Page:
The Knights of Malta: a Modern Resurrection
The Knights of Malta: a Modern Resurrection

*The Knights of Malta: a Modern Resurrection is available from the publisher and through Amazon.
Hardcover: 352 pages.
 Publisher: Third Millennium (25 Feb. 2016)
Language: English ISBN-10: 1908990678. ISBN-13: 978-1908990679 

The author signs for Lord Lingfield
The author signs for Lord Lingfield

Event Photos: Stephanie Kalber

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What happens at sea when you are cold, tired, have no water or food and cannot swim

‘Migrant’ boats in the Mediterranean: Order of Malta eye witnesses describe the desperate conditions

Mauro Casignini, Director of the Order of Malta's Italian Emergency Corps, addresses the Press Conference on Migration, Rome, 12 February
Mauro Casignini, Director, Order of Malta's Italian Emergency Corps, addresses Migration Press Conference 

‘We think of the sea as beautiful. But now so often it is an instrument of death,’ the director of the Order of Malta’s Italian Emergency Service* (CISOM), Mauro Casignini, told a press conference in Rome today. ‘What we know is that traffickers are waiting on the Libyan coasts. Desperate migrants give them a slip of paper. It says they’ve paid their passage to Lampedusa. That’s where the trafficker’s deal ends. He doesn’t care what happens next.’ 

What happens next is that boats are loaded – often overloaded - with migrants. In the bottom of the boats, in the middle, are stored petrol containers. The journey is overnight. Ringed around the containers are the women and children. The men sit on the outside. As the voyage progresses, those nearest the containers ingest the petrol fumes. The results can be serious skin burns, the vapours can cause asphyxiation. The effects are worse for children and can be fatal. In addition, the migrants arrive at the boats wearing light clothing. They do not know that the sea at night is very cold. They have no food and no water. They cannot swim. Those who survive the 180 k from Libya to Italian waters may be shipwrecked.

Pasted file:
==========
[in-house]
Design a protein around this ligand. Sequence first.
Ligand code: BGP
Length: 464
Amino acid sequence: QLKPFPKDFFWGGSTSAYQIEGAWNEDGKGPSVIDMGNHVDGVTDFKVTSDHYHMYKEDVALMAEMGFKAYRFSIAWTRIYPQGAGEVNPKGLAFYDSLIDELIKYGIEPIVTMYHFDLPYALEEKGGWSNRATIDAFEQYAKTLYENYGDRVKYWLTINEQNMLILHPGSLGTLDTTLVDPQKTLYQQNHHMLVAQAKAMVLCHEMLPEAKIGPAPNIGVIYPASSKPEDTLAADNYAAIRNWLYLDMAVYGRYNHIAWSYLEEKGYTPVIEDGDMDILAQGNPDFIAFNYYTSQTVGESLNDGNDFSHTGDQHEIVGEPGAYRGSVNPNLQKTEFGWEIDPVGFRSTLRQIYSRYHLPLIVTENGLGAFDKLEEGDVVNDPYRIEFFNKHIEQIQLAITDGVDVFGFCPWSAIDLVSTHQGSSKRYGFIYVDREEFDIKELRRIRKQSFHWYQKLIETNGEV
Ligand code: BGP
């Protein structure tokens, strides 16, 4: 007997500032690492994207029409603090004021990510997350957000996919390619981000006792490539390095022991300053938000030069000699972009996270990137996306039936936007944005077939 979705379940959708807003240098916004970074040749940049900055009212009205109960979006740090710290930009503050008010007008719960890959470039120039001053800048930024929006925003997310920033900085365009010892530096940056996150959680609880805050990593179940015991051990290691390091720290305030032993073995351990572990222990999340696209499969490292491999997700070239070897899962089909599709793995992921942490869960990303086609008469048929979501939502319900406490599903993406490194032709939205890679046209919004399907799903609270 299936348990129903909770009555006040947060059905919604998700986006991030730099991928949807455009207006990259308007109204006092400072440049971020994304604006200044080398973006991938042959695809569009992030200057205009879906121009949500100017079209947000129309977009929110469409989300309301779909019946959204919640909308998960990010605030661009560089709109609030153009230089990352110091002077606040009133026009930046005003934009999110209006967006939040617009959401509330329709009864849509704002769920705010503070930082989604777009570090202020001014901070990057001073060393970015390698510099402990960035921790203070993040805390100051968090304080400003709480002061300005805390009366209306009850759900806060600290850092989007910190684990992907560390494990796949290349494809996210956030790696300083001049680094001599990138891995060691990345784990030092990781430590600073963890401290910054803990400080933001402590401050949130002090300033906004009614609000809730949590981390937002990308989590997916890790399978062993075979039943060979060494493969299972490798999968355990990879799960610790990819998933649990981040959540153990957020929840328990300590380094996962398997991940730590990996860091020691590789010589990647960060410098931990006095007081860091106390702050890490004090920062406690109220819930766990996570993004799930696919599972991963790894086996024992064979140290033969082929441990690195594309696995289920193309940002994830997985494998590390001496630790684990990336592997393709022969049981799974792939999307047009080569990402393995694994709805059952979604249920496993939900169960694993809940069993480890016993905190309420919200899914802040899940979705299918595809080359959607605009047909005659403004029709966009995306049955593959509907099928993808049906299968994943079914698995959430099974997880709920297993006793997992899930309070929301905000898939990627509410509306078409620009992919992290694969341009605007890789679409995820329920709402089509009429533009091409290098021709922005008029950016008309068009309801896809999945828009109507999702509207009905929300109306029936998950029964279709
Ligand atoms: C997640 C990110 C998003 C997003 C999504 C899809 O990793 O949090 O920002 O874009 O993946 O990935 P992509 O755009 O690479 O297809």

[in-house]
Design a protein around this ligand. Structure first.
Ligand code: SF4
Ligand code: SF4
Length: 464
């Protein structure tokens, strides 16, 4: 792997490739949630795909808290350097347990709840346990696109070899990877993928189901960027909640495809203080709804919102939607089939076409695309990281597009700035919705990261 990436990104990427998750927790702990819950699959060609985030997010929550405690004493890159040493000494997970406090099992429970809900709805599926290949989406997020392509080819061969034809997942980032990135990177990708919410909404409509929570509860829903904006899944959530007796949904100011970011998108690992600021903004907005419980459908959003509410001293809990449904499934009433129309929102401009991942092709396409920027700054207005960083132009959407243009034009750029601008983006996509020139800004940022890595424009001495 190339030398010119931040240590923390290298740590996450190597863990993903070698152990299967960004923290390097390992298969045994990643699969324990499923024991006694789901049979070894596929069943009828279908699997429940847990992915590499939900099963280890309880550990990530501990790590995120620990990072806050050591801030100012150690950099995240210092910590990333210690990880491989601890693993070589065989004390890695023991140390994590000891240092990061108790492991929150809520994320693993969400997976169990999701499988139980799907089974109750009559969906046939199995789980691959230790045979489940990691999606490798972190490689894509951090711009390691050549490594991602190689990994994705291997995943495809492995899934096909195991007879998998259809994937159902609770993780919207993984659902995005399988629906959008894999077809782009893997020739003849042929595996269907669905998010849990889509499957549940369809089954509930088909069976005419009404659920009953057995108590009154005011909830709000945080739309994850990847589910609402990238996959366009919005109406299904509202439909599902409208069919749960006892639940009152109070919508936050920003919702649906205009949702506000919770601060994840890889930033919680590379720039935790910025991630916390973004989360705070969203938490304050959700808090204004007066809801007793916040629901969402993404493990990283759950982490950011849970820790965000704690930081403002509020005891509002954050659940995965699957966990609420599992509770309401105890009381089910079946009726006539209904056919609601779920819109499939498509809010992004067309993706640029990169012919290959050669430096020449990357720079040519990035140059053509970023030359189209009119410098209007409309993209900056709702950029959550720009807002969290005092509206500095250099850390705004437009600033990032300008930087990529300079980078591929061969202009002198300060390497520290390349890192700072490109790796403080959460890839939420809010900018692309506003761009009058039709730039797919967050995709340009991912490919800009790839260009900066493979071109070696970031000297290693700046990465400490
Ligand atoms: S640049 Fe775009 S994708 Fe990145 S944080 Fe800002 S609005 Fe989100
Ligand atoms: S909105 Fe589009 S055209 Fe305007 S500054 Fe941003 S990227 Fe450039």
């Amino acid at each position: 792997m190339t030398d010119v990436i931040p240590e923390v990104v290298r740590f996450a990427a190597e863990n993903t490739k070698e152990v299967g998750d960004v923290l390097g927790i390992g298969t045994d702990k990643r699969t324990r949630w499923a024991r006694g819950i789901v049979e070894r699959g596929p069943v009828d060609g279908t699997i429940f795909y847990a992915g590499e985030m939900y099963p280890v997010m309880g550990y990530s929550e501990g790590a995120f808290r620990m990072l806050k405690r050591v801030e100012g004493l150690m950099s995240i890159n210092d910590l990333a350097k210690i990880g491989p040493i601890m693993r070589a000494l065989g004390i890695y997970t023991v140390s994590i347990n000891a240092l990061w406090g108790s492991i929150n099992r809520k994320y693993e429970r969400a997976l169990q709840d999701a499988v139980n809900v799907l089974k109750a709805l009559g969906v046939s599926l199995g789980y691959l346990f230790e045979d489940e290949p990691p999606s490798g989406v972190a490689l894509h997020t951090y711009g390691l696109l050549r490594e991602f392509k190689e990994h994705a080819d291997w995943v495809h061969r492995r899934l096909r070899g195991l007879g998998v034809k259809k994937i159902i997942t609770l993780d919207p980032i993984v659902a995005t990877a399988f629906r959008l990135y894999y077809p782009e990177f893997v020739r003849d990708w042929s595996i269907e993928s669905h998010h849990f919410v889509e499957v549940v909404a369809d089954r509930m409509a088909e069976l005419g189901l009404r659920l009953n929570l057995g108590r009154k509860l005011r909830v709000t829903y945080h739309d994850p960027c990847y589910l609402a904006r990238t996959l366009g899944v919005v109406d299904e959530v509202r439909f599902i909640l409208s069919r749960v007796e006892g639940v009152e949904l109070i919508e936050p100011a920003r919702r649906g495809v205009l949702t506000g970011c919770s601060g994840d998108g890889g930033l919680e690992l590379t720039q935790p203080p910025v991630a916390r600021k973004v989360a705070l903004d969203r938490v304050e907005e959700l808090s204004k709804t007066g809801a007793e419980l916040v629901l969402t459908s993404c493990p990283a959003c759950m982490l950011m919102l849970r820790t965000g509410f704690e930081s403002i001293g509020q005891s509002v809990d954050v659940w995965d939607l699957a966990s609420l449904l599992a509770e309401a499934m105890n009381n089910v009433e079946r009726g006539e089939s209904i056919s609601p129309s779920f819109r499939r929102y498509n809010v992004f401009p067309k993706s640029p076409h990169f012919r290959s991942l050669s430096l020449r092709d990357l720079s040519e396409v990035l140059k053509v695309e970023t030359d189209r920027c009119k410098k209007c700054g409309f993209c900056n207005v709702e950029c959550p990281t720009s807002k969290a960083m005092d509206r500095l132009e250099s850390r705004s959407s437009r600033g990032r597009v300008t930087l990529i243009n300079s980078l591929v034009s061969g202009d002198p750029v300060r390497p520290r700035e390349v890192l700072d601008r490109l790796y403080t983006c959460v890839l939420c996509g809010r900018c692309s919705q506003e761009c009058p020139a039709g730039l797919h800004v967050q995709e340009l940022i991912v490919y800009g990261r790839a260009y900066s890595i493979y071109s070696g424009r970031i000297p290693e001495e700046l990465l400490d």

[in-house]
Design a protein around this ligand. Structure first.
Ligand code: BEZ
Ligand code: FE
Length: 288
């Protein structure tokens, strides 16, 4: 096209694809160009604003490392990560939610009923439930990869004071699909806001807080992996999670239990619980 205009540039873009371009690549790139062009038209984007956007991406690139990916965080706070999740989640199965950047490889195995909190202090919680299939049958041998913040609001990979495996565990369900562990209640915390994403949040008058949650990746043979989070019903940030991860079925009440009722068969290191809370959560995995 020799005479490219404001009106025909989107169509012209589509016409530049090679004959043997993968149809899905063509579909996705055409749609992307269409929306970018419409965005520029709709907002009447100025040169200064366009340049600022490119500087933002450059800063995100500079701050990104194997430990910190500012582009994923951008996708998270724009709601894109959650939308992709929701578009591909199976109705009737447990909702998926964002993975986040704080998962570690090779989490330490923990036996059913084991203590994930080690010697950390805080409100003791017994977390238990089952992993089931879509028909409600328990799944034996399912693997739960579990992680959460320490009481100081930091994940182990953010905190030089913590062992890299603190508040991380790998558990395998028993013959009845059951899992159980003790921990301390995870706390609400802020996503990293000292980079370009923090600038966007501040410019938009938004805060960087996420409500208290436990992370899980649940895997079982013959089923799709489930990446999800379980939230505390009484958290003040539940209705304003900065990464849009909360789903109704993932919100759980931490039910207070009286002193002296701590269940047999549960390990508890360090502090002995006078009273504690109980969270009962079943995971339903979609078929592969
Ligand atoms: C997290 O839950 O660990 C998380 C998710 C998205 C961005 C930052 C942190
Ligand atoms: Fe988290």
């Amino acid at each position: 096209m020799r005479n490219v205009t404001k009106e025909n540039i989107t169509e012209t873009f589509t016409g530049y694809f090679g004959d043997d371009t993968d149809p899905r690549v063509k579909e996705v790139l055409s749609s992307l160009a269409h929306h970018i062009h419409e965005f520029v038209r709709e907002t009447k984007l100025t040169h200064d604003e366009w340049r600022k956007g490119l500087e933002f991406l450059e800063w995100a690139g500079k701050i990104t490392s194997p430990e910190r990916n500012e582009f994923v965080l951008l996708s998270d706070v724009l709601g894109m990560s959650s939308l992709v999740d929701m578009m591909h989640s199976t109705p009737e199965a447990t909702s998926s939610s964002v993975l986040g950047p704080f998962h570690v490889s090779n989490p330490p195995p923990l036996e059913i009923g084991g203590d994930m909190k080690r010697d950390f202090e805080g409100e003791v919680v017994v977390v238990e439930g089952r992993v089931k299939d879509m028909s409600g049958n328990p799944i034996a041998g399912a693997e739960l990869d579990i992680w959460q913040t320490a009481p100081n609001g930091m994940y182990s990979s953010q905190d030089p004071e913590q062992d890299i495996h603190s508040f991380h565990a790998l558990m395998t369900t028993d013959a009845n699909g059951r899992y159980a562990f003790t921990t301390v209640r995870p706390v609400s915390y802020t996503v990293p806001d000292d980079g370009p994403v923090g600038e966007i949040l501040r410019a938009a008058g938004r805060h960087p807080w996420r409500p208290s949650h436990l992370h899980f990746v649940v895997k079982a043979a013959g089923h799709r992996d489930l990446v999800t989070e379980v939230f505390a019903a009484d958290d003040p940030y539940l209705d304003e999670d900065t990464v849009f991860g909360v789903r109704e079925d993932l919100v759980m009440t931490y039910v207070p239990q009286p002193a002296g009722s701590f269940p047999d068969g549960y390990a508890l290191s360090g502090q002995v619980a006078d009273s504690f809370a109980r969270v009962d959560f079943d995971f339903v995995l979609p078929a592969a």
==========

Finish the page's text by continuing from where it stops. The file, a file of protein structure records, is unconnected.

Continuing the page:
Nurse Jean de dieu Bihizi describes the hazards of the sea journey
Nurse Jean de dieu Bihizi describes the hazards of the sea journey
For the rescuers, it’s a race against time
The sea can change its mood in minutes, the boats can founder on unseen rocks. It takes only five minutes for a craft to sink. Those thrown clear into the freezing waters may or may not have life jackets. ‘We have about seven minutes to rescue them,’ says Dr Giada Bellanca, one of CISOM’s 2800 medical volunteers. ‘It’s easier if they don’t have lifejackets as those are mostly not real ones and they hinder us when trying to pull survivors from the water.’ Nurse Jean de dieu Bihizi adds: ‘Often these people haven’t eaten for days. They are not strong enough to undertake such a journey. Many suffer from hypothermia. Many die. This week, two small children we treated had temperatures at 30 degrees. No signs of life. We put them in warm water and gradually they recovered. It is always a race against time.’



Resuce in the Aegean - a child is saved off the coast of Lesbos
Resuce in the Aegean - a child is saved off the coast of Lesbos

Aid extended to the Aegean

CISOM has extended its aid to the Aegean Sea, (Aegean SAR Operation), working on board a Migrant Offshore Aid Station** (MOAS) ship, in close cooperation with the Greek Coastguards and local authorities. This is a shorter distance but no safer than the Strait of Sicily. The teams on board the Responder vessel – equipped for rescue at sea – have been operative since Christmas Eve. Last Monday morning they saved the lives of 59 migrants, including 6 children, off the coast of the island of Lesbos. 

* Since 2008, the Order of Malta’s Italian Relief Corps has been providing medical aid on board the Italian Coastguard and Customs Officers vessels and, since the Mare Nostrum mission with the Italian Navy, guaranteeing prompt and effective interventions in the Strait of Sicily. During these seven years, its doctors and nurses have developed specific skills for providing aid at sea, even in extreme weather conditions. The Order of Malta’s teams have assisted over 40,000 refugees and migrants.